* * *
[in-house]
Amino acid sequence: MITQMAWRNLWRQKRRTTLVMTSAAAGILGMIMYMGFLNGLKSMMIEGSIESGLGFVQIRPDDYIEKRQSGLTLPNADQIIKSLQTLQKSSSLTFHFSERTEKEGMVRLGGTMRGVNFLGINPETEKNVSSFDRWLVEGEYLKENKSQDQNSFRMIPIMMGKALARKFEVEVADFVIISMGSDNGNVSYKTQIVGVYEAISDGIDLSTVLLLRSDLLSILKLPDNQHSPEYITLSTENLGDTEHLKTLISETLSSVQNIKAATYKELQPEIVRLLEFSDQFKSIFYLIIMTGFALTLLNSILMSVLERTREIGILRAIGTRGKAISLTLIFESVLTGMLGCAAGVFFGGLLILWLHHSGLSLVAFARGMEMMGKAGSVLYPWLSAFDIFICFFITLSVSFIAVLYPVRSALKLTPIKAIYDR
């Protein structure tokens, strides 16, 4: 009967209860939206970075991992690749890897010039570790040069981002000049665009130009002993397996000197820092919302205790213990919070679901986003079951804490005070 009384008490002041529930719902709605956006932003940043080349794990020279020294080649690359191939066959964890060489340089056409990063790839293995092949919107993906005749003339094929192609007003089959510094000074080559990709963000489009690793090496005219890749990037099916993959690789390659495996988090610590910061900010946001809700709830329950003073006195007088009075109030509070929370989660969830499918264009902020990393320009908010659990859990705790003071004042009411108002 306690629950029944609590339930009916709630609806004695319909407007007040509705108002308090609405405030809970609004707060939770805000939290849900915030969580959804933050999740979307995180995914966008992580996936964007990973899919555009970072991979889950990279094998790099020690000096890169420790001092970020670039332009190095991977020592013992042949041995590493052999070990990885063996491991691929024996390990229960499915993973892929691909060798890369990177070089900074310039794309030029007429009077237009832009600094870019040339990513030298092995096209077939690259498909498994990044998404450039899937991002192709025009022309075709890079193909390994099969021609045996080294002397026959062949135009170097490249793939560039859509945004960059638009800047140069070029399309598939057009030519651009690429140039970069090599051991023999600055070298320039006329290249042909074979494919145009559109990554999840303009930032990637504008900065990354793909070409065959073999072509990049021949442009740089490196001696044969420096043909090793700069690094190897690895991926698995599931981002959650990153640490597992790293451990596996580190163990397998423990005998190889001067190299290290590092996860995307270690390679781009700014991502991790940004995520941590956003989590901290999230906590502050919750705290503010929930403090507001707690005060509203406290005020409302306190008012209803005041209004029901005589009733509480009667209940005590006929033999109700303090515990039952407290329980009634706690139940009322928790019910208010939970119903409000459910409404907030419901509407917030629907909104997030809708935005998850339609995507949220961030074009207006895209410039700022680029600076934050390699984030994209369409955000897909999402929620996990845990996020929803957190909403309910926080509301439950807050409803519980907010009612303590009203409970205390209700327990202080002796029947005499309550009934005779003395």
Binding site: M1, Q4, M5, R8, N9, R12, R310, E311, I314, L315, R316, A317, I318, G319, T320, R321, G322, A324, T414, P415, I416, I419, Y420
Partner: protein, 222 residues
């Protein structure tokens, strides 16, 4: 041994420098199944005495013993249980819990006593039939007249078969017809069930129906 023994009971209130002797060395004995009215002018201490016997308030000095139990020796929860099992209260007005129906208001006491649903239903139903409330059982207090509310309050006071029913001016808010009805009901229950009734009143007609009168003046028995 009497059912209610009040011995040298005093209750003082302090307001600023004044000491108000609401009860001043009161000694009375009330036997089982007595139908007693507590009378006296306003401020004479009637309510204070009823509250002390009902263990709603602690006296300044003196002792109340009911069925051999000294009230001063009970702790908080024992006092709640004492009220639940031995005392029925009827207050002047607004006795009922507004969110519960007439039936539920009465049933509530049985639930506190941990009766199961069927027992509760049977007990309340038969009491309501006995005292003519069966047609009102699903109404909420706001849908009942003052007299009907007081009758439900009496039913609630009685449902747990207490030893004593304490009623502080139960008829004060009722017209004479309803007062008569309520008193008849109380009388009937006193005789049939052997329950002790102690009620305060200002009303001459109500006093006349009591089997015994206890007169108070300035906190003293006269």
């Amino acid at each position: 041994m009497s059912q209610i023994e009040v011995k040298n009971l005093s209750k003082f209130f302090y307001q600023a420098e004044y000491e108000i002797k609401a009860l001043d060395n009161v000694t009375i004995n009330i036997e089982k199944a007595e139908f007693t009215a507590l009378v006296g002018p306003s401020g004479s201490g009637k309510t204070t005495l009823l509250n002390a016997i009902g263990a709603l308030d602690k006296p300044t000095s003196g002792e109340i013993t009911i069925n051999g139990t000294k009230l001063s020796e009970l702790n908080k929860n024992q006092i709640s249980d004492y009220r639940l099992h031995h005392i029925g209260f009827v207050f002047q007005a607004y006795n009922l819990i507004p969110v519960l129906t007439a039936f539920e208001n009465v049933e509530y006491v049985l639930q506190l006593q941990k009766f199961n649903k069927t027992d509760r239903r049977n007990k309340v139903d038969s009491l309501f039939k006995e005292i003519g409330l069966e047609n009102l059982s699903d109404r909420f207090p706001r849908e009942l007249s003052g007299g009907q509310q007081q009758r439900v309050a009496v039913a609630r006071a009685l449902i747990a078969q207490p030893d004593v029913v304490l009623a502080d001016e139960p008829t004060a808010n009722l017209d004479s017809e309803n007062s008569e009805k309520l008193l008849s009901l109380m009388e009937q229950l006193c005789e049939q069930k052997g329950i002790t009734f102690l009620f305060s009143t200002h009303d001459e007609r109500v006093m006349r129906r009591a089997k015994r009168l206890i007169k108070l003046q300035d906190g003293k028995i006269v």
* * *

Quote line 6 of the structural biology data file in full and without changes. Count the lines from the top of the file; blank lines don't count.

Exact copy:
């Protein structure tokens, strides 16, 4: 041994420098199944005495013993249980819990006593039939007249078969017809069930129906 023994009971209130002797060395004995009215002018201490016997308030000095139990020796929860099992209260007005129906208001006491649903239903139903409330059982207090509310309050006071029913001016808010009805009901229950009734009143007609009168003046028995 009497059912209610009040011995040298005093209750003082302090307001600023004044000491108000609401009860001043009161000694009375009330036997089982007595139908007693507590009378006296306003401020004479009637309510204070009823509250002390009902263990709603602690006296300044003196002792109340009911069925051999000294009230001063009970702790908080024992006092709640004492009220639940031995005392029925009827207050002047607004006795009922507004969110519960007439039936539920009465049933509530049985639930506190941990009766199961069927027992509760049977007990309340038969009491309501006995005292003519069966047609009102699903109404909420706001849908009942003052007299009907007081009758439900009496039913609630009685449902747990207490030893004593304490009623502080139960008829004060009722017209004479309803007062008569309520008193008849109380009388009937006193005789049939052997329950002790102690009620305060200002009303001459109500006093006349009591089997015994206890007169108070300035906190003293006269």